How do you know she’s a witch? Because she can howl at wolves. The point of no return in this film, by which I mean there is no possible way this movie can redeem itself, is when Debelzaq pulls out a map and shows them the way to the abbey. The directions are “over the river and through the woods” and I wish I was making that up. Our, um…heroes (??), gather a couple more sacrifices, er…companions, for the trip. Along the way, they lose those companions to wolves and hallucinations, making them absolutely positive that Anna is, in fact, a dog.

How do you know she’s a witch? Because I can keep this up for several more paragraphs. They finally arrive at the abbey, sans companions, and they take a look around. Seriously, they wander around the abbey looking for monks so they can get out of there. They find a bunch of puddles that used to be monks, but, more importantly, they find the anti-witch witchcraft book. The priest starts reading at Anna and she sneers and gyrates and glares. Either this movie is about to turn into the worst porn ever or we’re nearing the – ahem – climax.

How do you know she’s a witch? Because she’s a demon from Brooklyn. Wait, now I’m really confused. The movie promised witches, in fact, an entire season of them. Anna morphs into a winged demon with a deep, male, Brooklyn accent taking our witch total to zero confirmed witches. The demon melts its cage, flies into the abbey, resurrects the monks, and reveals that the special effects were as bad as his accent. He also reveals that his plan was to trick them into bringing him to the abbey so he could destroy the last book that can destroy him. I think I’ve got it now…wait, nope…I don’t care.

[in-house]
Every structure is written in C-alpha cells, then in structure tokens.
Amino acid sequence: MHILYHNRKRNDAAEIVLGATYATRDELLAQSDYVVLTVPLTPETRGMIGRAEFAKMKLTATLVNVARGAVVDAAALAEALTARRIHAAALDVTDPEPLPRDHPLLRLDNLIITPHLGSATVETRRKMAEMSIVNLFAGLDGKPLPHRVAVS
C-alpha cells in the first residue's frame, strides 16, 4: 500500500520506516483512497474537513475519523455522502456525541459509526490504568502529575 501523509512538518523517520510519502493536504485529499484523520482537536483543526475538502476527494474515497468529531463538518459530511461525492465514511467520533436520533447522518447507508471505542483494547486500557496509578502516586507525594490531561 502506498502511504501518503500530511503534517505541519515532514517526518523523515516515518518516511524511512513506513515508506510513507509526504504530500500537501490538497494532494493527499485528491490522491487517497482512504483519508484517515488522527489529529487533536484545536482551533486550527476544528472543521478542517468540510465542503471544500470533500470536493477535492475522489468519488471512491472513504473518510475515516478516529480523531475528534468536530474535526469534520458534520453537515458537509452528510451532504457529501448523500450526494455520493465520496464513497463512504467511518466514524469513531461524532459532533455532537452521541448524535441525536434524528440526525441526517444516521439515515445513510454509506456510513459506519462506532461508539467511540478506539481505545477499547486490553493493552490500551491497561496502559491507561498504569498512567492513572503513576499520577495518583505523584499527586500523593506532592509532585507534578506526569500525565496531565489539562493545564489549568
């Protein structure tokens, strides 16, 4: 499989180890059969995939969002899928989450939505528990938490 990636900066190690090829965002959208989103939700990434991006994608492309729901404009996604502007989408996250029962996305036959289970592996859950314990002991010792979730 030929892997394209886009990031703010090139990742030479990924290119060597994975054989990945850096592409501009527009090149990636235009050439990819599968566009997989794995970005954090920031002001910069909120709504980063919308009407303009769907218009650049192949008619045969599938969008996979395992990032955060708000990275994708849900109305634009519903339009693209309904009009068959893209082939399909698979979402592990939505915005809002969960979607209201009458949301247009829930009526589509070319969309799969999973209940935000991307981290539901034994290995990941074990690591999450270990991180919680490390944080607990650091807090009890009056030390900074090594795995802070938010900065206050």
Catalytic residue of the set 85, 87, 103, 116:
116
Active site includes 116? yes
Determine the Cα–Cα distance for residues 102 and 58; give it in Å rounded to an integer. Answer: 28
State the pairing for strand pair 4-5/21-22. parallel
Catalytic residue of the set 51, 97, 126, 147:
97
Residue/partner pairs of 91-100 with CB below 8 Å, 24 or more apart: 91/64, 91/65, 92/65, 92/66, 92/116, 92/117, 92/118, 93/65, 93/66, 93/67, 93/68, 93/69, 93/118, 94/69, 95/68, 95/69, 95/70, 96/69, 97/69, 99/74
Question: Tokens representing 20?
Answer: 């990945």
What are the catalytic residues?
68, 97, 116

How do you know she’s a witch? Because nobody even tried. I realize this was just a paycheck for everyone involved, but they could have at least pretended to give a damn. The only person even remotely trying was Perlman, who was given every comedic line in the movie, but eventually gave up by the time they got to the abbey. Even the demon seemed blasé about his mission, considering he could have just flown to the abbey but wanted to be chauffeured instead. Considering how bad the special effects were, the ridiculous plot, the in-and-out accents of most of the actors, and the sheer lack of enthusiasm portrayed by everyone involved, I was actively questioning if the director was even present during the filming. Even the audience stopped caring, acting as if it was the third quarter of a Denver Broncos game by leaving before time had expired. On the bright side, an old man yelled at Jack Daniels to grow up, to which he responded by turning him into a newt.

Rating: Ask for all of your money back and an I.O.U. for one witch.